Monty Hernandez is a part of the Mensa Society - one of the largest nonprofit organizations in the country that caters to people with high IQs.
In order to qualify to be a member, you have to score in the top 2% of the general population on an accepted standardized intelligence test.
Monty's mother, Danielle Hernandez, said her son's journey wasn't always easy. He didn't speak until he was 4 and was later diagnosed with Autism. He then started taking classes in special education programs.
Testing, however, would soon send Monty on a meteoric rise through academic levels.
READ ALSO | 15-year-old with 4 college degrees will soon get his 5th as youngest student to graduate from UNLV
"I didn't have any idea that at 9 years old, he would ace a high school chemistry class," she said.
Then, after years of difficulty with strength, agility and fine motor skills, Monty was diagnosed with a connective tissue syndrome, which requires him to have special accommodations for his learning.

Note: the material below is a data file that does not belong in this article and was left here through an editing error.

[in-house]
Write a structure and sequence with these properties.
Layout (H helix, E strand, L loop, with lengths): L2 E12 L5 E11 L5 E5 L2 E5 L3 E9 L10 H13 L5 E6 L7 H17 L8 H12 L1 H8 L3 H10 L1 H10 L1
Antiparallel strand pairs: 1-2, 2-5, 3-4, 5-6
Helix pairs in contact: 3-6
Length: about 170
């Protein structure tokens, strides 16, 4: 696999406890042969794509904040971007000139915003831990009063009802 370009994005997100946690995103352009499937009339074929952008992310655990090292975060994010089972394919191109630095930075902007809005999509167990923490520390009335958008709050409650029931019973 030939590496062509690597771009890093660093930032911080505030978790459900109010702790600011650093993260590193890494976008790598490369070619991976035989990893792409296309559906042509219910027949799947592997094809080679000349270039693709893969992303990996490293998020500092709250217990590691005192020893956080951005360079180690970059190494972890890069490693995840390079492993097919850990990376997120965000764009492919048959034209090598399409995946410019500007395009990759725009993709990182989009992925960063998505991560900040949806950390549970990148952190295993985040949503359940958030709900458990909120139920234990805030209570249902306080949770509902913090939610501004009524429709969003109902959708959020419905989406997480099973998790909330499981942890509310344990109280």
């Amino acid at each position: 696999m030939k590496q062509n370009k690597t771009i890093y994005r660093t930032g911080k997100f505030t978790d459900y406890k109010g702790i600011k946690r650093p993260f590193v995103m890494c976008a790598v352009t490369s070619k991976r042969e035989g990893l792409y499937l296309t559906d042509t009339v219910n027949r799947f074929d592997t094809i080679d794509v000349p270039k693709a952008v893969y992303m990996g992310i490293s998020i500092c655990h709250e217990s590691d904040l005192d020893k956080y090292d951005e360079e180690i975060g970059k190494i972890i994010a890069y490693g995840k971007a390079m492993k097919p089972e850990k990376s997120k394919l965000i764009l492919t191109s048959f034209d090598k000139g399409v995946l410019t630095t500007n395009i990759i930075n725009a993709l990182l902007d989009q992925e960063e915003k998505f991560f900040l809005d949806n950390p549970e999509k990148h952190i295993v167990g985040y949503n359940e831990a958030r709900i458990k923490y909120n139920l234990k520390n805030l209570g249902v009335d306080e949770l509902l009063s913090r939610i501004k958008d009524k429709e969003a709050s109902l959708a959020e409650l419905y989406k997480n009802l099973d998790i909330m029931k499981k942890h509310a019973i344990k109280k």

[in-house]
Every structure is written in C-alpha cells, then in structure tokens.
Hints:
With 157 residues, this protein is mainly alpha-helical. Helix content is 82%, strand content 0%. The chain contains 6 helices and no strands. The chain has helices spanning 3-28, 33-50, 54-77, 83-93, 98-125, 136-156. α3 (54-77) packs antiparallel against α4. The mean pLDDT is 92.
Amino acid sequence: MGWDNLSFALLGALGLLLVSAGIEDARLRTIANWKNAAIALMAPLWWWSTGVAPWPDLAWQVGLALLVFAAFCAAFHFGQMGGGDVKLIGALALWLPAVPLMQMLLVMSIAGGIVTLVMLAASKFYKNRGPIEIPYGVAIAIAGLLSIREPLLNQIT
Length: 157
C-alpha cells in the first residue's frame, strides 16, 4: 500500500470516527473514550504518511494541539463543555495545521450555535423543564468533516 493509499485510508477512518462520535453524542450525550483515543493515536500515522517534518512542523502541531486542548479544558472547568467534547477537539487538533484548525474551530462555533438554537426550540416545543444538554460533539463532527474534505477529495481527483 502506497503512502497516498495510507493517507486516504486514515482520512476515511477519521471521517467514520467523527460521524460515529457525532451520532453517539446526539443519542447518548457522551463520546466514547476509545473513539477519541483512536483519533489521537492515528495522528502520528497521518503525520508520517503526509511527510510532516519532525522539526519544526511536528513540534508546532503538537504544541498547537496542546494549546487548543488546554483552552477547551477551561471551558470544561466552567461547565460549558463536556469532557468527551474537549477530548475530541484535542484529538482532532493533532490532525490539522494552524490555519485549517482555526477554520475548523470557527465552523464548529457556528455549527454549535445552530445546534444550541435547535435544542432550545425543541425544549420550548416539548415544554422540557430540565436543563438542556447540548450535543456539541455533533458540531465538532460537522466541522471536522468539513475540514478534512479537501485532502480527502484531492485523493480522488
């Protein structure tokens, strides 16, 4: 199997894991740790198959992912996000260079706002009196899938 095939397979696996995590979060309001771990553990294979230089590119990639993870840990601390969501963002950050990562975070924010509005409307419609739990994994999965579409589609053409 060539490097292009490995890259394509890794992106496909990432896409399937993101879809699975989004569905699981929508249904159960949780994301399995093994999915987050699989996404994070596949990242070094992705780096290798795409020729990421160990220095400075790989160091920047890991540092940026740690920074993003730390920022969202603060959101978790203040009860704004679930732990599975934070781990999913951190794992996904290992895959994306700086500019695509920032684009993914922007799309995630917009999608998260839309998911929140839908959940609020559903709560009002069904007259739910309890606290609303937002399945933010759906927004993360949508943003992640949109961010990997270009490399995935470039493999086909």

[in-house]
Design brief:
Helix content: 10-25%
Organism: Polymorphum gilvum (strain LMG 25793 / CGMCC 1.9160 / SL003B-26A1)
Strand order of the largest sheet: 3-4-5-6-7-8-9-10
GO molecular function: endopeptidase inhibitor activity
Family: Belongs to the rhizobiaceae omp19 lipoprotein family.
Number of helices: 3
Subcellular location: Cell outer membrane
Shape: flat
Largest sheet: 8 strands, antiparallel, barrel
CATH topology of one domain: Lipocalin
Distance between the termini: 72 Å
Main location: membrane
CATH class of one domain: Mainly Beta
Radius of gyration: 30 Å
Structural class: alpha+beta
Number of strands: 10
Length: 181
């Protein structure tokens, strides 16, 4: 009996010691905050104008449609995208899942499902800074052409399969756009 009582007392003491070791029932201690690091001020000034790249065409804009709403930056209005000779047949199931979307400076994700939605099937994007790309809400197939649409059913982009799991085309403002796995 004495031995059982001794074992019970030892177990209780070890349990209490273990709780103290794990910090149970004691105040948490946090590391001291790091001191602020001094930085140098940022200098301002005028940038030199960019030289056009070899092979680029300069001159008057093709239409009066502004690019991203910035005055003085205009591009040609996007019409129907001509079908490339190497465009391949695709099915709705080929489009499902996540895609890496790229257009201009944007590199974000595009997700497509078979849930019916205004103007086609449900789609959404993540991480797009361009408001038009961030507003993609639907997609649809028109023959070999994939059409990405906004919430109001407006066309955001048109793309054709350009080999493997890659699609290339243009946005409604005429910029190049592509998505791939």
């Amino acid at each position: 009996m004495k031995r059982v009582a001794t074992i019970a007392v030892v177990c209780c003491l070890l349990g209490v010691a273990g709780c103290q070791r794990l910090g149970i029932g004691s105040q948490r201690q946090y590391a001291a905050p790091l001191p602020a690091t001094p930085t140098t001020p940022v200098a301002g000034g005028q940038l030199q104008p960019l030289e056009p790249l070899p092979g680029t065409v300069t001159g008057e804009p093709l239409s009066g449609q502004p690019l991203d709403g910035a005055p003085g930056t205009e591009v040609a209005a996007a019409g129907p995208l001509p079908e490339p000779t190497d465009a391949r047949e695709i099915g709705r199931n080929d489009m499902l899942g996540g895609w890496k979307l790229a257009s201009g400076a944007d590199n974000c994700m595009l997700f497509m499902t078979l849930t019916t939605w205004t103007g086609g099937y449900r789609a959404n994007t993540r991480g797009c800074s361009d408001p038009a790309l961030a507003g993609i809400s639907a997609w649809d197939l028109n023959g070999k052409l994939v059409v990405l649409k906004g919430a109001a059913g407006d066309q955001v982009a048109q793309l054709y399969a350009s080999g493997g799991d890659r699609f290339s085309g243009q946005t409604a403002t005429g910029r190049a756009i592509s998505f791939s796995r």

"It explains his low muscle tone, his joint pain, needing a scribe sometimes to write, especially in these math classes where the problems are getting so long, he has to write so much," said Monty's mother.
The 11-year-old continues to push through. In another twist, Monty's doctors discovered an ascending aortic aneurysm. Until the aorta is replaced, the condition can lead to sudden death.
"At any point in time, you know, I have to be there to say, 'It's time to go to Phoenix Children's. Call his cardiologist,'" said Danielle.
None of this, however, is stopping the boy. The prospect of death doesn't faze Monty, especially when he has so much left to achieve.
"If I'm going to die, I at least want to try my hardest to do my life goal, you know?" he said. "I don't want to go out without a bang."